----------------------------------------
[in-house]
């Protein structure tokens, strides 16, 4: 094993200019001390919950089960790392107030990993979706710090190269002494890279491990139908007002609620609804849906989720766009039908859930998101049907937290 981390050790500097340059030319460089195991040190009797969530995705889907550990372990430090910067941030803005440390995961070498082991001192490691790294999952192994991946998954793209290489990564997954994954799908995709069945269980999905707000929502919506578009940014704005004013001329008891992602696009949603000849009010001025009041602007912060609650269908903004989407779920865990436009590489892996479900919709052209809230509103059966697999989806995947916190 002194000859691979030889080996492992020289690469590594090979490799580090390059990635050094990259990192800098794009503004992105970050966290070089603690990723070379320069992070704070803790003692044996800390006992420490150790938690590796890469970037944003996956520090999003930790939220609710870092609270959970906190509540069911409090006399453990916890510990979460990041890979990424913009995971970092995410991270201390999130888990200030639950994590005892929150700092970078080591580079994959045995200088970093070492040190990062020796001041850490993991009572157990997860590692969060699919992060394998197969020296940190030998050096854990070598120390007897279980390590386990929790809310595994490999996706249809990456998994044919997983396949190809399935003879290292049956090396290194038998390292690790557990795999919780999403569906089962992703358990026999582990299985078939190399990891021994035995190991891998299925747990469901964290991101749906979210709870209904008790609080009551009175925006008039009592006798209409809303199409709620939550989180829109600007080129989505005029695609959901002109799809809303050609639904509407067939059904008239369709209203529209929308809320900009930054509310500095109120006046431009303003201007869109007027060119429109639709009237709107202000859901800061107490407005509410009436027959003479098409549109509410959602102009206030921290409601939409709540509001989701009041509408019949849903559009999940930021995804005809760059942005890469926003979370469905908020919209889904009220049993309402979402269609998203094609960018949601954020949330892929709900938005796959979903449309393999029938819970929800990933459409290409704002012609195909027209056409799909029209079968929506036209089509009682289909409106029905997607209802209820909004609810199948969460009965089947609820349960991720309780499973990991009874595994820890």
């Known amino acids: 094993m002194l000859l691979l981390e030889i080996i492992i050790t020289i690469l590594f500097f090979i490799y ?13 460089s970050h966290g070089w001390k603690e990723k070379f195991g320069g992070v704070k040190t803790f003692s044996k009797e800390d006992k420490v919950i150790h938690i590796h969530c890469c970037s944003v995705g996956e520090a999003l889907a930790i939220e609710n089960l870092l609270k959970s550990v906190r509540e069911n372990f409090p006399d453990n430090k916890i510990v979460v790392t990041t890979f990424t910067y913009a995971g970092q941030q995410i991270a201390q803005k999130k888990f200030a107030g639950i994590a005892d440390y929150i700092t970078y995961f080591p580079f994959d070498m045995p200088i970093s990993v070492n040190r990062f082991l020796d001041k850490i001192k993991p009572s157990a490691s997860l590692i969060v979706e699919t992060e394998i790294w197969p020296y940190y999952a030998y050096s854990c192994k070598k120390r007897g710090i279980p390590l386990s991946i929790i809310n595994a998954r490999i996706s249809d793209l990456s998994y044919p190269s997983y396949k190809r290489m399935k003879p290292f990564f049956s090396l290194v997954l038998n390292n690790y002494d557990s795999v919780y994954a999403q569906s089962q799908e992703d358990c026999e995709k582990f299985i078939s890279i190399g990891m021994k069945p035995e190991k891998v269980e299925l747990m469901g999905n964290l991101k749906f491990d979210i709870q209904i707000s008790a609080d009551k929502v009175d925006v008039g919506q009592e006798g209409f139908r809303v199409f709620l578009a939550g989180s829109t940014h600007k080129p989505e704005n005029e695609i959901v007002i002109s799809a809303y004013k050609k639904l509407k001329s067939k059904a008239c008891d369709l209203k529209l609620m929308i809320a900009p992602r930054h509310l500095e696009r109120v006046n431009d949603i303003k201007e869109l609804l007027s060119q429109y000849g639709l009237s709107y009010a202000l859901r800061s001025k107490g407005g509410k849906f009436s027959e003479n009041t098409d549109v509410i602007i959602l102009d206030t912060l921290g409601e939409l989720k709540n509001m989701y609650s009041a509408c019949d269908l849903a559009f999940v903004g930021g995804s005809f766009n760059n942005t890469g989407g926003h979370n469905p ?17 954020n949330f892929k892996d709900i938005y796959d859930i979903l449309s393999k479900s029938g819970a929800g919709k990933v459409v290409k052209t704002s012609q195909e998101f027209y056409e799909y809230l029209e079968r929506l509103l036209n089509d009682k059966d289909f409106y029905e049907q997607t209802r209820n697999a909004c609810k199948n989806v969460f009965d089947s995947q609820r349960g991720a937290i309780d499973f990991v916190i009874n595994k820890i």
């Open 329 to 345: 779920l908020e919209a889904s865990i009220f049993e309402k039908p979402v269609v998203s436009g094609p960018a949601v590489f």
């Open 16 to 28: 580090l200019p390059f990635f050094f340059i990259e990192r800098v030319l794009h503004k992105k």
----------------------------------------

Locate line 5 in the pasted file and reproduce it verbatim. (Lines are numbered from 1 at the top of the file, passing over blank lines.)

């Open 16 to 28: 580090l200019p390059f990635f050094f340059i990259e990192r800098v030319l794009h503004k992105k």